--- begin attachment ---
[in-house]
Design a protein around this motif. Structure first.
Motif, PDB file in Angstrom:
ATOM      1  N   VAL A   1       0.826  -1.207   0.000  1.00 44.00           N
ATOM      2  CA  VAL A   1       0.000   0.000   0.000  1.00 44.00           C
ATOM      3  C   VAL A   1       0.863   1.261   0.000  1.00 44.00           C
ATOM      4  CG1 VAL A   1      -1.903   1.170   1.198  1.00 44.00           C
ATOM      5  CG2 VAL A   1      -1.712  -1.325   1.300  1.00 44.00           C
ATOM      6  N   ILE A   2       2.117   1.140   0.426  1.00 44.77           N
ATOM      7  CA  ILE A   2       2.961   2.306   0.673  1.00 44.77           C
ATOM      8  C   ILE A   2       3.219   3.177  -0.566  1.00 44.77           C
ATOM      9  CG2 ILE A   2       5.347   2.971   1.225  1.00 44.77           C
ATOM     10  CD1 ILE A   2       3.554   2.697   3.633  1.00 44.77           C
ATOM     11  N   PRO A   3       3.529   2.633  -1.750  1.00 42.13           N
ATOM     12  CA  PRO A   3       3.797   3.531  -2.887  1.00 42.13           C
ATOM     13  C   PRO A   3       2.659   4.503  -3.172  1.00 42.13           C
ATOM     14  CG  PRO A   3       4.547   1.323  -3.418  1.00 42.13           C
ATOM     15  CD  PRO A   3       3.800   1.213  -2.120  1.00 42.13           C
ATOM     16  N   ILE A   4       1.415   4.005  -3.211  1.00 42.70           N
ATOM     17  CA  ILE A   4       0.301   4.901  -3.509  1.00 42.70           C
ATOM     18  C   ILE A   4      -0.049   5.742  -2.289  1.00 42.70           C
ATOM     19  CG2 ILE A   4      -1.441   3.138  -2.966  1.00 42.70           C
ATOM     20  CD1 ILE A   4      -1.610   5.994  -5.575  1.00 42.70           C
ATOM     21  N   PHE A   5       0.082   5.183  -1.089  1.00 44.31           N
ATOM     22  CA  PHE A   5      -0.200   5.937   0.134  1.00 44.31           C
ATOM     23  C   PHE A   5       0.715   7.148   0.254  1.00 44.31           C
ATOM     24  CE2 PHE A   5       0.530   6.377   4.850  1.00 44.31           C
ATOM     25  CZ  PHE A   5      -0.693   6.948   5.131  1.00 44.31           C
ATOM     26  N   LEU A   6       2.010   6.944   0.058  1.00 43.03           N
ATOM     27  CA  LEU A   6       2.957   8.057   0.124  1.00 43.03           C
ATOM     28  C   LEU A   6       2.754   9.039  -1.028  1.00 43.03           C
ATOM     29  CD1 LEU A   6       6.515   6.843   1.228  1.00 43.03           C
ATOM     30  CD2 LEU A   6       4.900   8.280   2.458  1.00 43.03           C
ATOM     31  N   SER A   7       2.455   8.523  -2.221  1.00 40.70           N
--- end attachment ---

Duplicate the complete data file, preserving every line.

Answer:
[in-house]
Design a protein around this motif. Structure first.
Motif, PDB file in Angstrom:
ATOM      1  N   VAL A   1       0.826  -1.207   0.000  1.00 44.00           N
ATOM      2  CA  VAL A   1       0.000   0.000   0.000  1.00 44.00           C
ATOM      3  C   VAL A   1       0.863   1.261   0.000  1.00 44.00           C
ATOM      4  CG1 VAL A   1      -1.903   1.170   1.198  1.00 44.00           C
ATOM      5  CG2 VAL A   1      -1.712  -1.325   1.300  1.00 44.00           C
ATOM      6  N   ILE A   2       2.117   1.140   0.426  1.00 44.77           N
ATOM      7  CA  ILE A   2       2.961   2.306   0.673  1.00 44.77           C
ATOM      8  C   ILE A   2       3.219   3.177  -0.566  1.00 44.77           C
ATOM      9  CG2 ILE A   2       5.347   2.971   1.225  1.00 44.77           C
ATOM     10  CD1 ILE A   2       3.554   2.697   3.633  1.00 44.77           C
ATOM     11  N   PRO A   3       3.529   2.633  -1.750  1.00 42.13           N
ATOM     12  CA  PRO A   3       3.797   3.531  -2.887  1.00 42.13           C
ATOM     13  C   PRO A   3       2.659   4.503  -3.172  1.00 42.13           C
ATOM     14  CG  PRO A   3       4.547   1.323  -3.418  1.00 42.13           C
ATOM     15  CD  PRO A   3       3.800   1.213  -2.120  1.00 42.13           C
ATOM     16  N   ILE A   4       1.415   4.005  -3.211  1.00 42.70           N
ATOM     17  CA  ILE A   4       0.301   4.901  -3.509  1.00 42.70           C
ATOM     18  C   ILE A   4      -0.049   5.742  -2.289  1.00 42.70           C
ATOM     19  CG2 ILE A   4      -1.441   3.138  -2.966  1.00 42.70           C
ATOM     20  CD1 ILE A   4      -1.610   5.994  -5.575  1.00 42.70           C
ATOM     21  N   PHE A   5       0.082   5.183  -1.089  1.00 44.31           N
ATOM     22  CA  PHE A   5      -0.200   5.937   0.134  1.00 44.31           C
ATOM     23  C   PHE A   5       0.715   7.148   0.254  1.00 44.31           C
ATOM     24  CE2 PHE A   5       0.530   6.377   4.850  1.00 44.31           C
ATOM     25  CZ  PHE A   5      -0.693   6.948   5.131  1.00 44.31           C
ATOM     26  N   LEU A   6       2.010   6.944   0.058  1.00 43.03           N
ATOM     27  CA  LEU A   6       2.957   8.057   0.124  1.00 43.03           C
ATOM     28  C   LEU A   6       2.754   9.039  -1.028  1.00 43.03           C
ATOM     29  CD1 LEU A   6       6.515   6.843   1.228  1.00 43.03           C
ATOM     30  CD2 LEU A   6       4.900   8.280   2.458  1.00 43.03           C
ATOM     31  N   SER A   7       2.455   8.523  -2.221  1.00 40.70           N